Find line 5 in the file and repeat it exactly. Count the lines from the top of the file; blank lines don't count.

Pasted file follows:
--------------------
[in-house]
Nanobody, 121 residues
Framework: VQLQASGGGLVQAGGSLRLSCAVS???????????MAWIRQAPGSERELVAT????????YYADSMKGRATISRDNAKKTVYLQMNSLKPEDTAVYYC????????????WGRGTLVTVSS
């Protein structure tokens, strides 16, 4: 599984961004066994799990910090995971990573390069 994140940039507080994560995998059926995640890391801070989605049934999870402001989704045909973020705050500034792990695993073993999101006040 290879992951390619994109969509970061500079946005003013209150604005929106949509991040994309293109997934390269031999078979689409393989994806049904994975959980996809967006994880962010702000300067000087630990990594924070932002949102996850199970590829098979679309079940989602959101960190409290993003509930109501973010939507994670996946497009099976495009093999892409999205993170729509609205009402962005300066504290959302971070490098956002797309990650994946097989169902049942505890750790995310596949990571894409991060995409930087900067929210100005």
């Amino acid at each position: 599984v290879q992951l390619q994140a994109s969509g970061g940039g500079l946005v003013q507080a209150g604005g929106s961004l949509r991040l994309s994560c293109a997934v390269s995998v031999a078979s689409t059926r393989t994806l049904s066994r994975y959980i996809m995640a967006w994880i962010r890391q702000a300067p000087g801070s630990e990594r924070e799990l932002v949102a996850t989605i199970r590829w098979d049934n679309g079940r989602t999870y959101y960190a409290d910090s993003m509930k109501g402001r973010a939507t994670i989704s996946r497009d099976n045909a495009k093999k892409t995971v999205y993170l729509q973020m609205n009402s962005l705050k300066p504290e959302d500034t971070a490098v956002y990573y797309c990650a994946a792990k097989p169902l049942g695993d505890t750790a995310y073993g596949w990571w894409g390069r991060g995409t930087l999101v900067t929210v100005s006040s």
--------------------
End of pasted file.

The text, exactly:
């Amino acid at each position: 599984v290879q992951l390619q994140a994109s969509g970061g940039g500079l946005v003013q507080a209150g604005g929106s961004l949509r991040l994309s994560c293109a997934v390269s995998v031999a078979s689409t059926r393989t994806l049904s066994r994975y959980i996809m995640a967006w994880i962010r890391q702000a300067p000087g801070s630990e990594r924070e799990l932002v949102a996850t989605i199970r590829w098979d049934n679309g079940r989602t999870y959101y960190a409290d910090s993003m509930k109501g402001r973010a939507t994670i989704s996946r497009d099976n045909a495009k093999k892409t995971v999205y993170l729509q973020m609205n009402s962005l705050k300066p504290e959302d500034t971070a490098v956002y990573y797309c990650a994946a792990k097989p169902l049942g695993d505890t750790a995310y073993g596949w990571w894409g390069r991060g995409t930087l999101v900067t929210v100005s006040s």